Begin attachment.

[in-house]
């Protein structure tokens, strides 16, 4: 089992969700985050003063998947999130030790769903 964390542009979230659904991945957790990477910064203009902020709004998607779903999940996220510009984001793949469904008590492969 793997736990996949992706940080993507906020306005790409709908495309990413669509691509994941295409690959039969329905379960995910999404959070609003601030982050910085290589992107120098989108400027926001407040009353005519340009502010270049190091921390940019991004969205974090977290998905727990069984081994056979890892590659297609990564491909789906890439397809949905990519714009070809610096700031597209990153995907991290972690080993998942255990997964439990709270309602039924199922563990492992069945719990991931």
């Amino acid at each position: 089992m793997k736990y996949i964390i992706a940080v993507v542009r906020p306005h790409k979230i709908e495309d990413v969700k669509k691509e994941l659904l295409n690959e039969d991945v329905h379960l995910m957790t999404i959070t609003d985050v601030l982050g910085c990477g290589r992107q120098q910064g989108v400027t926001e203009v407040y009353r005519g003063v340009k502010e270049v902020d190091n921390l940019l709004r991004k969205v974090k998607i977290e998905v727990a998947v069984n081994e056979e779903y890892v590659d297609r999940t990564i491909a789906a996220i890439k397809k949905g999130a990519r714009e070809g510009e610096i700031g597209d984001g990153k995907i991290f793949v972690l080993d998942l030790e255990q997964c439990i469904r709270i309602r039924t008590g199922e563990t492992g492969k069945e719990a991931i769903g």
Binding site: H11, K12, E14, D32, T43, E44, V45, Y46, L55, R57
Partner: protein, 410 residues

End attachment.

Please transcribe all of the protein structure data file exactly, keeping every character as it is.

[in-house]
């Protein structure tokens, strides 16, 4: 089992969700985050003063998947999130030790769903 964390542009979230659904991945957790990477910064203009902020709004998607779903999940996220510009984001793949469904008590492969 793997736990996949992706940080993507906020306005790409709908495309990413669509691509994941295409690959039969329905379960995910999404959070609003601030982050910085290589992107120098989108400027926001407040009353005519340009502010270049190091921390940019991004969205974090977290998905727990069984081994056979890892590659297609990564491909789906890439397809949905990519714009070809610096700031597209990153995907991290972690080993998942255990997964439990709270309602039924199922563990492992069945719990991931």
């Amino acid at each position: 089992m793997k736990y996949i964390i992706a940080v993507v542009r906020p306005h790409k979230i709908e495309d990413v969700k669509k691509e994941l659904l295409n690959e039969d991945v329905h379960l995910m957790t999404i959070t609003d985050v601030l982050g910085c990477g290589r992107q120098q910064g989108v400027t926001e203009v407040y009353r005519g003063v340009k502010e270049v902020d190091n921390l940019l709004r991004k969205v974090k998607i977290e998905v727990a998947v069984n081994e056979e779903y890892v590659d297609r999940t990564i491909a789906a996220i890439k397809k949905g999130a990519r714009e070809g510009e610096i700031g597209d984001g990153k995907i991290f793949v972690l080993d998942l030790e255990q997964c439990i469904r709270i309602r039924t008590g199922e563990t492992g492969k069945e719990a991931i769903g």
Binding site: H11, K12, E14, D32, T43, E44, V45, Y46, L55, R57
Partner: protein, 410 residues